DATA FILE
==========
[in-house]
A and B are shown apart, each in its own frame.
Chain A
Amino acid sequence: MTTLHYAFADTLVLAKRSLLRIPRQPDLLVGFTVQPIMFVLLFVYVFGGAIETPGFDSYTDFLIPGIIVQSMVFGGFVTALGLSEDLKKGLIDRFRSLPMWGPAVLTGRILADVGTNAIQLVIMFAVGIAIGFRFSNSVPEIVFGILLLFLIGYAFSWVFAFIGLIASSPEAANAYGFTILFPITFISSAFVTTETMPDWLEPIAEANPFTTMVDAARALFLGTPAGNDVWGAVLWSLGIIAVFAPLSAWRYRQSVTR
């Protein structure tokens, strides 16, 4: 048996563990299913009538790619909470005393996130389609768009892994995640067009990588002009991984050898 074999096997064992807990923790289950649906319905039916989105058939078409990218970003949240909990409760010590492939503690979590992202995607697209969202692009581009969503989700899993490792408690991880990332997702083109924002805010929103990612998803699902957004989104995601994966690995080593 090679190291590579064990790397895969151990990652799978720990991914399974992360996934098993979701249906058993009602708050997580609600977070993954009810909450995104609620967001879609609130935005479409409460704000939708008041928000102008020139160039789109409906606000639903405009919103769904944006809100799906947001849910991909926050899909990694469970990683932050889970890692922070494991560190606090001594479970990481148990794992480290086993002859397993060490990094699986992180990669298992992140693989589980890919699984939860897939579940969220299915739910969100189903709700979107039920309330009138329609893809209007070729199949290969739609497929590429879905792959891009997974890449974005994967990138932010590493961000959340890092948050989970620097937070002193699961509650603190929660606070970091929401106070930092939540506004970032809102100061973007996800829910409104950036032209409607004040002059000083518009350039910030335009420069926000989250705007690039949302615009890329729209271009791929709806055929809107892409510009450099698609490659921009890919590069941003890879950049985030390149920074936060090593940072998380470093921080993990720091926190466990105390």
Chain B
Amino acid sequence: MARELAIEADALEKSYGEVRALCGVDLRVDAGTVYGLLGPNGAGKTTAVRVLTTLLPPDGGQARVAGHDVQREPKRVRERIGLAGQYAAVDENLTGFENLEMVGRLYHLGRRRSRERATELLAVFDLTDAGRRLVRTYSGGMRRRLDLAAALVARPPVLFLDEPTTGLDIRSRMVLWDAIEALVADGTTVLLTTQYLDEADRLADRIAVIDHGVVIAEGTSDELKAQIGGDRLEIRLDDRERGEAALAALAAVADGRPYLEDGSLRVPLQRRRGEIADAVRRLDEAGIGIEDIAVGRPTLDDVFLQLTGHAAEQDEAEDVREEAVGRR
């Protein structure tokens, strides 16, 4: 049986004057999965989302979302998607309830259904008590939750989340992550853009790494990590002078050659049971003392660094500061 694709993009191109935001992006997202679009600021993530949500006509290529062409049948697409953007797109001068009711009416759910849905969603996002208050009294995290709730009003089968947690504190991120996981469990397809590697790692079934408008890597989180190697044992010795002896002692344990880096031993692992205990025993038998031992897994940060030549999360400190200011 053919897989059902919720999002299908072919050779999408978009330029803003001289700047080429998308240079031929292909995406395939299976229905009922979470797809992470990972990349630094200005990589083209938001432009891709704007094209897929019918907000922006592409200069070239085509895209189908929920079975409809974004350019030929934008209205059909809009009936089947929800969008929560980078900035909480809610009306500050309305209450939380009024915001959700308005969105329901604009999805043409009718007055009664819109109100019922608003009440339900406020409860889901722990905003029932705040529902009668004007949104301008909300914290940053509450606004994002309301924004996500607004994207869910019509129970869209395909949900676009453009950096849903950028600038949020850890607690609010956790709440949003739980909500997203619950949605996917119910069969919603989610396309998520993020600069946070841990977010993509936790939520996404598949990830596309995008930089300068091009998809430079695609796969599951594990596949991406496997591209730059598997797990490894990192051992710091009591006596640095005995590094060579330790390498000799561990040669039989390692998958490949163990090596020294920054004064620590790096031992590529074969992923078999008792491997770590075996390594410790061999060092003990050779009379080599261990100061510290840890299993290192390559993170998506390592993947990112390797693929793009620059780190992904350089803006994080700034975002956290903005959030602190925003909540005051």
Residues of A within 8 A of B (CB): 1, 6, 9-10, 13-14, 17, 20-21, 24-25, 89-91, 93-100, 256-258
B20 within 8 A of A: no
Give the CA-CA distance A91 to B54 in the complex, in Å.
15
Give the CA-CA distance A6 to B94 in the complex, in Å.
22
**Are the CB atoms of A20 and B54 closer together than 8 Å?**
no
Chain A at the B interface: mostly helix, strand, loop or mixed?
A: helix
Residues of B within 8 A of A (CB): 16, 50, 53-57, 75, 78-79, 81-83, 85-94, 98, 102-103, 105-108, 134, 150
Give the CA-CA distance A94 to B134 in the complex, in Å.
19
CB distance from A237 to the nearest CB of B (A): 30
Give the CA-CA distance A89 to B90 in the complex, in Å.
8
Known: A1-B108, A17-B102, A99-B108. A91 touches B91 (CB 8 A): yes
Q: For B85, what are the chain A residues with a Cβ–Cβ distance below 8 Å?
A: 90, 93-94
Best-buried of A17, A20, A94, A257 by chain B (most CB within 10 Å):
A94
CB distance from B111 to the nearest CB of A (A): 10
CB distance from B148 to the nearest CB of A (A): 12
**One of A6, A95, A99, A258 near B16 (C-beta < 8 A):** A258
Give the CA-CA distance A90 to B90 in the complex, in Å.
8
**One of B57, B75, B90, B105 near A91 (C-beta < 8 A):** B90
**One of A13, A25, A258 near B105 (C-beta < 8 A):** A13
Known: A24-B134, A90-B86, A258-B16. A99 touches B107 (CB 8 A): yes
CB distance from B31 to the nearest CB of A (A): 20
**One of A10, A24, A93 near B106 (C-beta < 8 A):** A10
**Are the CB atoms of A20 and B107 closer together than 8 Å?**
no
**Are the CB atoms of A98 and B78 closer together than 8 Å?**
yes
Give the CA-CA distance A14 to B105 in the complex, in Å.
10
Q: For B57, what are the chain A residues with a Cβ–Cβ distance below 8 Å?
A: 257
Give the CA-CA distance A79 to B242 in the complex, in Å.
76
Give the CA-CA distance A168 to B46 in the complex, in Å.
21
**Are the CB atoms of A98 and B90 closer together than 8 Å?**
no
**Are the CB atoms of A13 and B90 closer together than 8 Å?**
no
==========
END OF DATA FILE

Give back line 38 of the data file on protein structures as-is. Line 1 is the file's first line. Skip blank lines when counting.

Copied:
CB distance from B31 to the nearest CB of A (A): 20